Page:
Ever hear that Neil Young song about Spanish conquistadors, the one called “Cortez the Killer“? It’s about how the Aztecs lived in a kind of paradise until Cortez and his 150 man army virtually annihilated that “glorious kingdom” in what is now Mexico.
Here’s one of the pivotal lines, lamenting the arrival of the Conquistadores, before which “Hate was just a legend and war was never known.”
As with most propaganda–and Young’s song was merely a symtom of long standing propaganda saturated history lessons–the stuff longstanding myths are made of– that still predominate today–it is a concoction of half truths, and in most cases no truth at all. Look at this recent article by historian Hugh Thompson.
“…When the recently excavated pyramid whose finds provide the centrepiece of the British Museum show was first inaugurated in 1484, there were prisoners lined up for sacrifice stretching in all directions as far as the eye could see. Some estimate that 20,000 victims were killed over four days. The actual reign of the Aztecs was relatively short. They dominated the centre of Mexico properly for less than a hundred years before Cortés’s arrival. Driven by a greed equal to anything the Spaniards were to reveal later, they had mercilessly conquered neighbouring tribes under the direction of emperors who worked closely with priests — indeed some emperors, like Moctezuma, had previously been head priests…The smell and stench of blood at such mass ceremonies must have been nauseous. While the heart itself would have been burnt, each skull was collected on a rack; the rest of the body was flung down the steps of the pyramid, to be eaten later with chilli sauce by nobles or favoured warriors.” Article here.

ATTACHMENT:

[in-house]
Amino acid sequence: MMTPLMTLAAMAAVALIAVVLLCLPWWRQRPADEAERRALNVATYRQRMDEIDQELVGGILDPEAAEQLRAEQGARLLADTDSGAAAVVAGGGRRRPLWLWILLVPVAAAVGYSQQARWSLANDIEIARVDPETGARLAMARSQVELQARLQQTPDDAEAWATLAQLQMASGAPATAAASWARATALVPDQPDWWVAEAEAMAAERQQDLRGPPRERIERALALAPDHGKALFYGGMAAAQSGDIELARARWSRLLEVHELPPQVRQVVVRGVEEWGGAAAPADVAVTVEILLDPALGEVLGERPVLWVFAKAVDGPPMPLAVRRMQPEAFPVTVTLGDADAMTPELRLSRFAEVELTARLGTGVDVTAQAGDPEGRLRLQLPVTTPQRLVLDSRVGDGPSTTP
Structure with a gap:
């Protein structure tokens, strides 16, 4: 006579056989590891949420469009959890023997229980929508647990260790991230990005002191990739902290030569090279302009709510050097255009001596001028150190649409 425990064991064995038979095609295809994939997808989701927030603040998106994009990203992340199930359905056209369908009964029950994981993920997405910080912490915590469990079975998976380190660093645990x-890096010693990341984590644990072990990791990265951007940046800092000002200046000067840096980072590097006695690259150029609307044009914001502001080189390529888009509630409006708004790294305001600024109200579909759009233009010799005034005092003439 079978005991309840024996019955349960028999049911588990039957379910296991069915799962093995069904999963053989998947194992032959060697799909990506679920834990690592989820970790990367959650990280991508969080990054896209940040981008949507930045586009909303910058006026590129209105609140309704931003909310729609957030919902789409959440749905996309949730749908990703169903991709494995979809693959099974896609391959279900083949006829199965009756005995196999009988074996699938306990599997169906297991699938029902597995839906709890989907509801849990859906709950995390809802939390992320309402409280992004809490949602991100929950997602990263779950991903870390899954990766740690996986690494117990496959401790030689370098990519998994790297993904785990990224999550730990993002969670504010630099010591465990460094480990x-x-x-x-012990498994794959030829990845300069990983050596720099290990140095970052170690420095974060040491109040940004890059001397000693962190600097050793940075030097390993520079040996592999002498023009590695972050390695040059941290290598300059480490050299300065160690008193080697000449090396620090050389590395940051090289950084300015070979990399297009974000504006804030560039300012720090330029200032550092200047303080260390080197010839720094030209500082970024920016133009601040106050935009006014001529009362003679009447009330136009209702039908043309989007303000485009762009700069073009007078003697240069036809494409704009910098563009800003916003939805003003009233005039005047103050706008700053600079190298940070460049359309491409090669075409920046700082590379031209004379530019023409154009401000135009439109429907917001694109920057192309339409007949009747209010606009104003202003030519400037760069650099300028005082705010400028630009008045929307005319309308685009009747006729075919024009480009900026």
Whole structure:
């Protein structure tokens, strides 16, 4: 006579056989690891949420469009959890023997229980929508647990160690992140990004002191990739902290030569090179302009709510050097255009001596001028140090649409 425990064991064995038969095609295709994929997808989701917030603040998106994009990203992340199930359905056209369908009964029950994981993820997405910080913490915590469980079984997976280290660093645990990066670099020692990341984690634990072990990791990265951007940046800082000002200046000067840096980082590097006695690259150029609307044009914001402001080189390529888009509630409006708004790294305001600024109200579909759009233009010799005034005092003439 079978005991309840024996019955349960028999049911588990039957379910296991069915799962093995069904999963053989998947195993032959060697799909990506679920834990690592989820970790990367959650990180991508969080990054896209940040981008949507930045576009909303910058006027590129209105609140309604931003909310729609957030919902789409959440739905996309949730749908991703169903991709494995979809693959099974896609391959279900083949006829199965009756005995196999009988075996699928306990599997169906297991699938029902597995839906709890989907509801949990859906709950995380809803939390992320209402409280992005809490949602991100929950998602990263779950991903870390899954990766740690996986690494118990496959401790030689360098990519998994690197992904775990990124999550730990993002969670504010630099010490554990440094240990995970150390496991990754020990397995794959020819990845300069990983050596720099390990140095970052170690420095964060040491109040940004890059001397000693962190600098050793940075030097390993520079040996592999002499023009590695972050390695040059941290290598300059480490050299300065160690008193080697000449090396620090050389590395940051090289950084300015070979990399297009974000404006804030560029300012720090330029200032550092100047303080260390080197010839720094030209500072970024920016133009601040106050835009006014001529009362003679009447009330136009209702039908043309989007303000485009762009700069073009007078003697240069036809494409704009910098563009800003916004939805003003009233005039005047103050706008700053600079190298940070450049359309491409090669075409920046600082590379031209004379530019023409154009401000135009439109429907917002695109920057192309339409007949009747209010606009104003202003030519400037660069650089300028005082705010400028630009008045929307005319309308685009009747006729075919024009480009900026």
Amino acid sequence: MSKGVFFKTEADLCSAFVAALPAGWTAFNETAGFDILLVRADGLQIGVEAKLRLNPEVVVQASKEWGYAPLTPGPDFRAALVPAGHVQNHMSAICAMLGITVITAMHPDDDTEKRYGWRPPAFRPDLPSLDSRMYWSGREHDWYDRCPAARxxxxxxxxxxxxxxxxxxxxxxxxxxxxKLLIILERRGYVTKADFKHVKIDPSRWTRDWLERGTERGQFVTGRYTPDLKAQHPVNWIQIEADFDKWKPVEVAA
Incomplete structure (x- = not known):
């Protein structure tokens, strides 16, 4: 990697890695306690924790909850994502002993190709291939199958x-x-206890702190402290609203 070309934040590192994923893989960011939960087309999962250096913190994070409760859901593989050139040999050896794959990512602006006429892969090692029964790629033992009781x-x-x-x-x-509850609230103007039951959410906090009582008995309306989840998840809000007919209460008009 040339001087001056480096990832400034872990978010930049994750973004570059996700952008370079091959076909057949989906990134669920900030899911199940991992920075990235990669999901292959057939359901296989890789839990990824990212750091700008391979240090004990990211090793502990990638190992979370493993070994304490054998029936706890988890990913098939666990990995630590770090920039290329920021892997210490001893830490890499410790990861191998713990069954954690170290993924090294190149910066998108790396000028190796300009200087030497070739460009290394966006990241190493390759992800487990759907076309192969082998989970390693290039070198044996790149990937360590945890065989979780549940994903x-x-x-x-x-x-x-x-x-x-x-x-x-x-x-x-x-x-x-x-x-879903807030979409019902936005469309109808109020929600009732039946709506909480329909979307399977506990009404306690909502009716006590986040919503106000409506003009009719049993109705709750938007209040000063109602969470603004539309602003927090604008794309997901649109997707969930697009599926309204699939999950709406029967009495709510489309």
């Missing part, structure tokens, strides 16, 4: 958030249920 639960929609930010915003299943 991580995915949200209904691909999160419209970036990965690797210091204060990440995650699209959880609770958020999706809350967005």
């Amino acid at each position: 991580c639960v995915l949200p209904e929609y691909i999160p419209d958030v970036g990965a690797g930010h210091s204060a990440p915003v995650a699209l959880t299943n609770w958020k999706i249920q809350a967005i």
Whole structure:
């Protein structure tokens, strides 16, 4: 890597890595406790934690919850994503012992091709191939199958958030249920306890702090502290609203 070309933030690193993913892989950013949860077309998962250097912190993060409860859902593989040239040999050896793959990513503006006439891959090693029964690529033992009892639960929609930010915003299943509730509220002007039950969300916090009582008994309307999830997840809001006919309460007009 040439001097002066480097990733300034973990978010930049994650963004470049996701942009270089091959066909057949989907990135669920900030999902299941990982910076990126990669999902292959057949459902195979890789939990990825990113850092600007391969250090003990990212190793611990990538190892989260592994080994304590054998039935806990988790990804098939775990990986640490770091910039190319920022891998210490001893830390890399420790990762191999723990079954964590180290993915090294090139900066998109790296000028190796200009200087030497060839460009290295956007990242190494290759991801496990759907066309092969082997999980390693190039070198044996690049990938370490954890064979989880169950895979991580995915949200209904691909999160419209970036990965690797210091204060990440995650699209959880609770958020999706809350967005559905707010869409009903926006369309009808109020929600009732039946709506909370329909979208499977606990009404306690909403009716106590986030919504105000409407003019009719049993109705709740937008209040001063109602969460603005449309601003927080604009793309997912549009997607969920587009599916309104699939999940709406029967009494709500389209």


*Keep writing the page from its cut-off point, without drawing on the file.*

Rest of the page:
The quote below is from another article, this one from the Daily Mail commenting on a recent London exhibition of Aztec civilization.
“..Cortes and his men as they reached the precise geometric centre of the city, a huge plaza containing the Great Temple. From a platform high up on this stone pyramid ran steep flights of wide steps. The horror was that, from top to bottom, they were streaked red with human blood, while alongside them were rack upon rack of skulls. A rank smell of putrefaction hung in the air. It became clear to the invaders from Christian Europe that, in this otherwise perfect city of hospitable and well-mannered people, human sacrifice was practised on a massive scale. A stone at the top of the steps was where men – usually but not always tranquillised with ‘magic mushrooms’ – were held down while the high priest slit open their chests with a sharp blade made from flint or volcanic rock, and plucked out their hearts…” (Funny, in the Neil Young song, sacrifice is mentioned, but I wonder how the victims would have felt about this line: “They offered life in sacrifice / So that others could go on…”)
Montezuma’s Revenge, we could say, has been that the myth of his “paradise” would serve as real history.